Shipwreck Protected Zones
Protected zones are declared for a small number of fragile and highly significant historic shipwrecks.
Of the almost 700 shipwrecks in the state of Victoria only nine have been placed inside protected zones. These protected zones vary in size and not all protected zones are identified by pylons or danger marks. But they are all marked on navigational charts and it is the responsibility of the boat operator to know where these zones are located.
Shipwrecks automatically become historic wrecks under State and Commonwealth legislation once they are 75 years or older. Younger wrecks can be declared historic on a case-by-case basis. The legislation also provides for the declaration of protected zones around particularly significant and/or fragile historic shipwrecks. Protected Zones are no-entry zones to a maximum radius of 500m placed around a wreck site.
It is an offence to enter, anchor, fish, trawl or dive in a protected zone without a permit. People found within a protected zone without a permit can be issued with on-the-spot fines of over $280 and multiple fines can be issued if more than one offence is detected. If prosecuted, people may be issued with fines of almost $7000.
The appropriate nautical charts for the nine wrecks are:
AUS 158 Port Phillip South and West Channels
AUS 143 Port Phillip and The Rip
AUS 182 Approaches to Corner Inlet and Port Albert
The nine protected zones are:
|SS City of Launceston
|Will O’ the Wisp
Access to Historic Shipwrecks and protected zones
Anglers are allowed to fish near the majority of historic shipwreck sites - only historic shipwrecks in declared protected zones are off-limits to boat access.
However, anglers should be careful about placement of their anchors (and also weighted shot lines) because it is illegal to interfere with, damage or destroy historic shipwrecks and severe penalties apply.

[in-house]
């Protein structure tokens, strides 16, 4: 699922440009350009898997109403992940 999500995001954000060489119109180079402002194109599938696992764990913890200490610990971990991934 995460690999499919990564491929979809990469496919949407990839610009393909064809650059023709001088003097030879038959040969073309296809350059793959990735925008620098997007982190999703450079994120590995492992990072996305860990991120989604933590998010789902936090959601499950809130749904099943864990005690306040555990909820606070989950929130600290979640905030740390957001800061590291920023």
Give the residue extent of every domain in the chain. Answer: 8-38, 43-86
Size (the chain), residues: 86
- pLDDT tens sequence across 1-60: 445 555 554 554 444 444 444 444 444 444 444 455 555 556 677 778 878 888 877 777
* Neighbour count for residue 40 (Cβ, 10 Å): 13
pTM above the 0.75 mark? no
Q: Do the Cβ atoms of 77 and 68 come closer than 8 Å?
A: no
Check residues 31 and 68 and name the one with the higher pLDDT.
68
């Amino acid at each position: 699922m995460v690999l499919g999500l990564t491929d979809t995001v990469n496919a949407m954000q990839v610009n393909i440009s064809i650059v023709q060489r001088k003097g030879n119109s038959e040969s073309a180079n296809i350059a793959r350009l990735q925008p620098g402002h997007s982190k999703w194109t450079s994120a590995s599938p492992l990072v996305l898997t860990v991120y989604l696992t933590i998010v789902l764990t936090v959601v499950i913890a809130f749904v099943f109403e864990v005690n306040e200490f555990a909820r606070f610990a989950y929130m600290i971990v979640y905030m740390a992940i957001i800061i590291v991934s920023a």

Damage to historic shipwrecks can occur as a result of dragging and recovering anchors. Historic shipwrecks are fragile structures that often have weakened and vulnerable hull remains due to their long submersion underwater. There are sometimes loose artefacts on the surface of the seabed on or near historic shipwrecks that can also be easily damaged and destroyed.
SCUBA divers are allowed to access almost all historic shipwrecks for their recreational diving activities. In fact, Heritage Victoria encourages suitably qualified and experienced SCUBA divers to enjoy Victoria’s historic shipwrecks as it is a marvellous way to explore and interact with our significant underwater heritage places.
All historic shipwrecks have heritage value, and they are often fragile sites. It is an offence to interfere with, damage or disturb historic shipwreck sites, or to take relics from them, and heavy penalties apply.
Divers can apply for a permit to access protected zones for recreational diving purposes. Heritage Victoria does has a policy of issuing permits for some but not all of these sites. For instance, although a fragile site, the protected zone around the William Salthouse prevents general access but allows recreational diving with a permit.
Heritage Victoria recognises that if significant places are to have a future, they need to be protected. Permits help protect the important features of heritage places and objects on the Victorian Heritage Register and underwater heritage places are no exception.
To apply for a permit to dive a protected shipwreck in Victorian waters, complete the Permit Application Form. For a permit to dive a protected shipwreck in Commonwealth waters, complete the online form at the Department of Environment’s website.